Plants of
South Australia
Gonocarpus mezianus
Haloragaceae
Hairy Raspwort
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Regional Species Conservation Assessments per IBRA subregion.
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Near threatened
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Vulnerable
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Adelaide
Arkaroola
Ceduna
Coober Pedy
Hawker
Innamincka
Marla
Marree
Mount Gambier
Oodnadatta
Renmark
Wudinna
Keith
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Botanical art

Kath Alcock paintings: 7.

Etymology

Gonocarpus from the Greek 'gonia' meaning angle, corner and 'carpos' meaning fruit, referring to its ribbed fruits. Mezianus named after Prof. Carl Christian Mez (1866-1944), a German botanist at Breslau, Halle, Königsberg (1910–1935 director of the Botanical Garden) and finally Freiburg.

Distribution and status

Found in the southern part of South Australia growing on dry rocky soils, often with Gonocarpus elatus, with which it sometimes hybridises. Also found in Victoria. Native. Common in South Australia. Rare in Victoria.
Herbarium regions: Eyre Peninsula, Northern Lofty, Yorke Peninsula, Southern Lofty, Kangaroo Island, South Eastern
NRM regions: Adelaide and Mount Lofty Ranges, Eyre Peninsula, Kangaroo Island, Northern and Yorke, South East
AVH map: SA distribution map (external link)

Plant description

Erect or ascending perennial herb to 30 cm tall with strongly 4-angled, hairy stems. Leaves opposite becoming alternate above, subsessile, broadly ovate to cordate, to 17 mm long and 15 mm wide; margin thickened, with 8-12 coarse teeth. Inflorescence a leafy-spike at the tip of stems, with numerous red flowers. Flowering between August and February. Fruits are small silver-grey to purplish ovoid fruit to 1.3 mm long and 1 mm wide, with 8-ribbed and 2-3 calluses between the ribs, scabrous surface. Seeds are considered the same as the fruit.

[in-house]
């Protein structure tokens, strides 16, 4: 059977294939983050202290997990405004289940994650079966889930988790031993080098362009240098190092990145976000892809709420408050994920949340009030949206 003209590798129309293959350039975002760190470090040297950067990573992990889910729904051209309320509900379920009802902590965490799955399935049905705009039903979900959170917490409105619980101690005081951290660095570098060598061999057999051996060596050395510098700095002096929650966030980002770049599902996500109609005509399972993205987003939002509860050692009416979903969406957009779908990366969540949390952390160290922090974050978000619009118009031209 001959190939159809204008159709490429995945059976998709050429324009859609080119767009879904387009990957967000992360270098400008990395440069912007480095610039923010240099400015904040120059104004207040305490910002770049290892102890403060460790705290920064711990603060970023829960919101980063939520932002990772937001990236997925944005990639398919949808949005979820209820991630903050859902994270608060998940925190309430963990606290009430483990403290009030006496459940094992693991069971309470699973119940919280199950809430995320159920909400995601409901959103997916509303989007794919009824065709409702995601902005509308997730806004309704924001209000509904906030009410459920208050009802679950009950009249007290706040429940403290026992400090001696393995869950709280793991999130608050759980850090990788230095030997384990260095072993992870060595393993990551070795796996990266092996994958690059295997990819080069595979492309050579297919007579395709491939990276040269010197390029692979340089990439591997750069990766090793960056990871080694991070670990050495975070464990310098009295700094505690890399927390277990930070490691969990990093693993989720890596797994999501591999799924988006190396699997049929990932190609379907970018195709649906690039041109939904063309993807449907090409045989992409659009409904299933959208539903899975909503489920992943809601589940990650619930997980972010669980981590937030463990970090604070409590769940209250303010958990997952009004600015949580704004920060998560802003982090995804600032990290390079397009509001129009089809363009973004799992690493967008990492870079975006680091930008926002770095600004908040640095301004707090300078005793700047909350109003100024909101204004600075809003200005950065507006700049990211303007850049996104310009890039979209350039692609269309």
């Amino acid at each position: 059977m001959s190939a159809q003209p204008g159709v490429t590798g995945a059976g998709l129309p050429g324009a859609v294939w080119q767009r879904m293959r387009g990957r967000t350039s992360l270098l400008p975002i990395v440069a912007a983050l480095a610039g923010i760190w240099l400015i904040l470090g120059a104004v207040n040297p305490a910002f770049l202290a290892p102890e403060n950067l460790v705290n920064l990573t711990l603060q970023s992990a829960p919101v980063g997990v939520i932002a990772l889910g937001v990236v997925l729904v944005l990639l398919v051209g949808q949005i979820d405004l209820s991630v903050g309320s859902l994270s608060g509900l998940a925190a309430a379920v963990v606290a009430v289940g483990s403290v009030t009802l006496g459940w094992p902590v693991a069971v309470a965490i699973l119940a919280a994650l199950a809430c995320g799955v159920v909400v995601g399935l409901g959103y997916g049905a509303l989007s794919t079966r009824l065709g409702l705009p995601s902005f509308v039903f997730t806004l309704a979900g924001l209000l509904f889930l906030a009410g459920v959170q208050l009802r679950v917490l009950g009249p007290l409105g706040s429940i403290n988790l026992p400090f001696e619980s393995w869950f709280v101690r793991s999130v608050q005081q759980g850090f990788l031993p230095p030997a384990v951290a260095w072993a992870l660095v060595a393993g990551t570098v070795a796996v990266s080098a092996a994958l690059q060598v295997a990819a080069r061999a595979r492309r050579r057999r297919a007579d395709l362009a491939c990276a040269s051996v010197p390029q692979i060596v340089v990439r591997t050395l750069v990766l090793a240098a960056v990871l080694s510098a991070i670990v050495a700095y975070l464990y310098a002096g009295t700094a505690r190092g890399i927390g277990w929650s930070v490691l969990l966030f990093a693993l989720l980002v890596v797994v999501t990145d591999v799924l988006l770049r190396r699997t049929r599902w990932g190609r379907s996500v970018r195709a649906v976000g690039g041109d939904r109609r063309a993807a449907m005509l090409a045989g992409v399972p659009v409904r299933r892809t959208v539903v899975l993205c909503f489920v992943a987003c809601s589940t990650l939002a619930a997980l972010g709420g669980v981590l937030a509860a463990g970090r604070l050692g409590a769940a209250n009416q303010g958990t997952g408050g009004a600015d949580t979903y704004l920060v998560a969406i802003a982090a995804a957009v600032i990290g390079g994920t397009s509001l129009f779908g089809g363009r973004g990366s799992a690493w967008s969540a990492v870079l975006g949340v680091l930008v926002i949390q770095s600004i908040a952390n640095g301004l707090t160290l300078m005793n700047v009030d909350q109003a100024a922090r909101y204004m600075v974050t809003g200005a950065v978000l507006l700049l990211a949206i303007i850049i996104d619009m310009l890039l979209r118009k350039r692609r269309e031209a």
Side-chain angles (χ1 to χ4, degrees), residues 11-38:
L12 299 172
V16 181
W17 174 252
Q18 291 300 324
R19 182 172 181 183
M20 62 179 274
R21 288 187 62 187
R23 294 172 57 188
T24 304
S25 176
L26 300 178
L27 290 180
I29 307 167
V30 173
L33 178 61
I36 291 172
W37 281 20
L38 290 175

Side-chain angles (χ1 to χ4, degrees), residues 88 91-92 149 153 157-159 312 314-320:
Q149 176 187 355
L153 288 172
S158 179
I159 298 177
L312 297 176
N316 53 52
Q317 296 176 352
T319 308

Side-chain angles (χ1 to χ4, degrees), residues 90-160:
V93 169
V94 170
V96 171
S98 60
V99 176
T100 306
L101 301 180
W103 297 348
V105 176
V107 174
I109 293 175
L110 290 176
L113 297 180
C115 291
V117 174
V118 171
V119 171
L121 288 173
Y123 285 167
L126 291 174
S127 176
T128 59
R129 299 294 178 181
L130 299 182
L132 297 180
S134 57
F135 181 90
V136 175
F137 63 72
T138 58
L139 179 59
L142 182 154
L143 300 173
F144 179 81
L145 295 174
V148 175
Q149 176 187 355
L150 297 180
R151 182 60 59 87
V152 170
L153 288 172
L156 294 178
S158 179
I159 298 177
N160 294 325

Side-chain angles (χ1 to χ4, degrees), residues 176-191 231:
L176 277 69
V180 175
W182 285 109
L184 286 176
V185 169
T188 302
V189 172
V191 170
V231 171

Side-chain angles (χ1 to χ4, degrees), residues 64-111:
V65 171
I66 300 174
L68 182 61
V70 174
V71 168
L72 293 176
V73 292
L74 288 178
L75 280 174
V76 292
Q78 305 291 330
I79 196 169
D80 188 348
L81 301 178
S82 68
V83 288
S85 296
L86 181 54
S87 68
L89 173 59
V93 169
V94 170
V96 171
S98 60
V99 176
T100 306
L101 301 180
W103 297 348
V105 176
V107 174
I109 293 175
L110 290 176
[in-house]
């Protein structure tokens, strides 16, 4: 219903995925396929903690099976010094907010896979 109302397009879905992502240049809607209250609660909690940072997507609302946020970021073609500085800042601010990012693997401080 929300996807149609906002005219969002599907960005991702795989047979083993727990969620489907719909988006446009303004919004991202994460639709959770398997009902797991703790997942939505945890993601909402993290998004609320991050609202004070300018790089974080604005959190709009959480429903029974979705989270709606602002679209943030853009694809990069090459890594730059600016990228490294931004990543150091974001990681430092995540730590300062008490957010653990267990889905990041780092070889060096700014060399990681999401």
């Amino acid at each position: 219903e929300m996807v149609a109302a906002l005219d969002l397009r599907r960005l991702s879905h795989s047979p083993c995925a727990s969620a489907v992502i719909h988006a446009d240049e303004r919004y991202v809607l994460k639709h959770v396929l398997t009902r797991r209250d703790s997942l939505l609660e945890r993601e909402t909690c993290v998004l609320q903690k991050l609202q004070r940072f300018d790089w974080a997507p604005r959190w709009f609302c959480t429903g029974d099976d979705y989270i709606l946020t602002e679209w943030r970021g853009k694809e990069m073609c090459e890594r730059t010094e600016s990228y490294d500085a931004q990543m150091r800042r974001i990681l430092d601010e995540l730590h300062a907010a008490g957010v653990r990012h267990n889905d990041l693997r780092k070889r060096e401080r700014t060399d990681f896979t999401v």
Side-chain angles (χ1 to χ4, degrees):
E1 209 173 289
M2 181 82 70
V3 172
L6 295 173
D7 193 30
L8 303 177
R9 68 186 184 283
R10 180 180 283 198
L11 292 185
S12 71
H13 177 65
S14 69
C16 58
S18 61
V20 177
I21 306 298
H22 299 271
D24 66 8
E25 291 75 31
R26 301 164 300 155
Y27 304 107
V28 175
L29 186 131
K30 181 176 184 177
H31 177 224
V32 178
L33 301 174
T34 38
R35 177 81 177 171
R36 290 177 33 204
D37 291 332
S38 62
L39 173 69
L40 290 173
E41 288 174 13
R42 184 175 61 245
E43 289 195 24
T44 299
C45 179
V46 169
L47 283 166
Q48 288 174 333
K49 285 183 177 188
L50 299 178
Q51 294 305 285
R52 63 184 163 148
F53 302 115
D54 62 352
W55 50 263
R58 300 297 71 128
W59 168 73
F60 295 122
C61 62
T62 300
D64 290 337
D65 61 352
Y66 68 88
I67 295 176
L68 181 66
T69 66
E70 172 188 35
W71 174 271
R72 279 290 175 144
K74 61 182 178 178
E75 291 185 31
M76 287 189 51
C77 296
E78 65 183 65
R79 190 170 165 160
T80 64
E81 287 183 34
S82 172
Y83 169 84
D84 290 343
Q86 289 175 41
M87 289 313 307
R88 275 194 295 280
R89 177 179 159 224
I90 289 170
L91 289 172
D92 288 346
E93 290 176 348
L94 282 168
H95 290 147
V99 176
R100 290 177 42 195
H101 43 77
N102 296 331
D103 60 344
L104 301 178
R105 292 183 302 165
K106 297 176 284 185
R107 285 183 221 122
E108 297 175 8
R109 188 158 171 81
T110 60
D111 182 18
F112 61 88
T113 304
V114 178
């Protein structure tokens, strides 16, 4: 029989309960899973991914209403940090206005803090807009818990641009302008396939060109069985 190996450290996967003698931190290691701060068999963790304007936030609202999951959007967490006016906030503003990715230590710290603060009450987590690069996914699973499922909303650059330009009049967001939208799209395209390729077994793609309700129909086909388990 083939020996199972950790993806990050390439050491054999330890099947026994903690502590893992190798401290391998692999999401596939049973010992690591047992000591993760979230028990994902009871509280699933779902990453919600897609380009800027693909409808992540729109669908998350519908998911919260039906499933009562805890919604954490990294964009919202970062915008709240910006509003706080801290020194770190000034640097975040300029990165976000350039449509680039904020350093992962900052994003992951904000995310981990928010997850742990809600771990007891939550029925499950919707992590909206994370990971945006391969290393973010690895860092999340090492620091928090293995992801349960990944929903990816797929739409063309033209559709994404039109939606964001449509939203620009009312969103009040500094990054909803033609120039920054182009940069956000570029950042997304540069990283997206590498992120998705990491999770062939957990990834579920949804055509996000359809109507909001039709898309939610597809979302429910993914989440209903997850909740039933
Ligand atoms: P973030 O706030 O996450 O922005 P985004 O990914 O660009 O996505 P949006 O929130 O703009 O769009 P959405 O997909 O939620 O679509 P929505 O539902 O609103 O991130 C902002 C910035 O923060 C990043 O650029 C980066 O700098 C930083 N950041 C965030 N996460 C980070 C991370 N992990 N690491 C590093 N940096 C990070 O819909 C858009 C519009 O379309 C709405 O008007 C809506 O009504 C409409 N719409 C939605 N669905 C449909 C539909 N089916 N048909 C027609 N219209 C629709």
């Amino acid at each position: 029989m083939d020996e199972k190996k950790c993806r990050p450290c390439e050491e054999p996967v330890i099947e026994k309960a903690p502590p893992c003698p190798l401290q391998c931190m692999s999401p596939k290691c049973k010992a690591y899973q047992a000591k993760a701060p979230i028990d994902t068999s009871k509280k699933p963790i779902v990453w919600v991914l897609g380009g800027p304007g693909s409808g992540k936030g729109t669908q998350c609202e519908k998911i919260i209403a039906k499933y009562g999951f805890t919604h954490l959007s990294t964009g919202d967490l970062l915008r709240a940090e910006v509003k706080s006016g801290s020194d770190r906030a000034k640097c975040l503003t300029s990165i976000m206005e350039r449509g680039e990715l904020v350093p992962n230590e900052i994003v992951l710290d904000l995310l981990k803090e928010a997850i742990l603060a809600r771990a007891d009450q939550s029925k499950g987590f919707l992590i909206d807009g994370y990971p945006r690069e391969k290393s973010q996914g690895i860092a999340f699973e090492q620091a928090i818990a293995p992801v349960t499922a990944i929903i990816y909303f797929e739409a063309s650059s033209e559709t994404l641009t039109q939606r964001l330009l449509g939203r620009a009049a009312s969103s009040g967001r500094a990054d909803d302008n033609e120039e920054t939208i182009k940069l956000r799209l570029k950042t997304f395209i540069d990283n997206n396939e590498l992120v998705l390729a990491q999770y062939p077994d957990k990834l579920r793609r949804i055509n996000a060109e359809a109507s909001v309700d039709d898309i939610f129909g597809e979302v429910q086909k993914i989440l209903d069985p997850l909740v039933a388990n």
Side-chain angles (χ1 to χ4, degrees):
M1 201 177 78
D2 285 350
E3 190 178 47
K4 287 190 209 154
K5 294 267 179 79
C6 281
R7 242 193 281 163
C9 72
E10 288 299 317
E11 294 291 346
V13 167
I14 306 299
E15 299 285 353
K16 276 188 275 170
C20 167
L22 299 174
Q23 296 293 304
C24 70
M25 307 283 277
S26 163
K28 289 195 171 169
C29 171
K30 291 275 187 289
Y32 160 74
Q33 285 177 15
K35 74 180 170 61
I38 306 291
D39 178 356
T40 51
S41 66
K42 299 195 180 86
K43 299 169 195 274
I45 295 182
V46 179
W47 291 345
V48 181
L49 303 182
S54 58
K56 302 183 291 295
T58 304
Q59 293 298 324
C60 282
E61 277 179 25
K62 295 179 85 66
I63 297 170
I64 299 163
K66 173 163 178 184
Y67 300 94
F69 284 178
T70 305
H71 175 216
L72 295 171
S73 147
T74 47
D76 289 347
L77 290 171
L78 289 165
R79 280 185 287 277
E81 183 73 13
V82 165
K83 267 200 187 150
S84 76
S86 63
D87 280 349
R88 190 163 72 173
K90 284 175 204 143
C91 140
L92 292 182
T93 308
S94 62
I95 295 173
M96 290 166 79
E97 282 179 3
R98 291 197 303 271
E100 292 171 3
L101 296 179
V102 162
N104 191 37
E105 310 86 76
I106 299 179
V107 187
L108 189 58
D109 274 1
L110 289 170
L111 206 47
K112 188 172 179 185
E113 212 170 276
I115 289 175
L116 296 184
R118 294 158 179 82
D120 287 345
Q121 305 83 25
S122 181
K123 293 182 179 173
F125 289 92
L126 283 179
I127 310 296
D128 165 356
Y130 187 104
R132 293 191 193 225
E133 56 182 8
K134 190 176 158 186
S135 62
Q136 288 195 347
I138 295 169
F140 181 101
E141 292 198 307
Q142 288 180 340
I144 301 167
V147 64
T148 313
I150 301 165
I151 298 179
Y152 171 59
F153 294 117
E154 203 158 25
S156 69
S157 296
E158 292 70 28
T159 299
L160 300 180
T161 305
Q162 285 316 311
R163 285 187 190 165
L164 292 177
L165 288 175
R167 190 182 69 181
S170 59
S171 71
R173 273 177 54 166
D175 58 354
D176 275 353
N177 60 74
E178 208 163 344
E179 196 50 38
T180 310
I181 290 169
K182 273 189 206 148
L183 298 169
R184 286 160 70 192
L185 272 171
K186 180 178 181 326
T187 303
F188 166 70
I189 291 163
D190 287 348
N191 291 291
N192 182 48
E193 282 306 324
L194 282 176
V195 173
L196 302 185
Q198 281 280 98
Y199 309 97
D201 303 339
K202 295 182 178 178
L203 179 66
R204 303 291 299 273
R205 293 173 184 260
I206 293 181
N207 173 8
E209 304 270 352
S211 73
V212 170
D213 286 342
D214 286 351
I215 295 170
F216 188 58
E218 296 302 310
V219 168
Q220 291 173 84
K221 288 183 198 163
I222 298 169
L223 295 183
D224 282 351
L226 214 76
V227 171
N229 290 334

Seed collection and propagation

Collect seeds between October and March. Collect maturing fruits, those that are fat and turning grey-purple, by running your hands along the fruit-spikes. Place the fruit in a tray and leave to dry for 1 to 2 weeks. No further cleaning is required if only fruits were collected. If collected with other material, use a sieve to separate the unwanted material. Store the seeds with a desiccant such as dried silica beads or dry rice, in an air tight container in a cool and dry place. From one collection, the seed viability was low, at 20%.

Seeds stored:
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LocationNo. of seeds
(weight grams)
Number
of plants
Date
collected
Collection number
Collection location
Date
stored
% ViabilityStorage
temperature
BGA 
MSB
8,500 (3.1 g)
8,500 (3.1 g)
5030-Nov-2005DJD266
South Eastern
1-Aug-200620%-18°C
Location: BGA — the seeds are stored at the Adelaide Botanic Gardens, MSB — the seeds are stored at the Millennium Seed Bank, Kew, England.
Number of plants: This is the number of plants from which the seeds were collected.
Collection location: The Herbarium of South Australia's region name.
% Viability: Percentage of filled healthy seeds determined by a cut test or x-ray.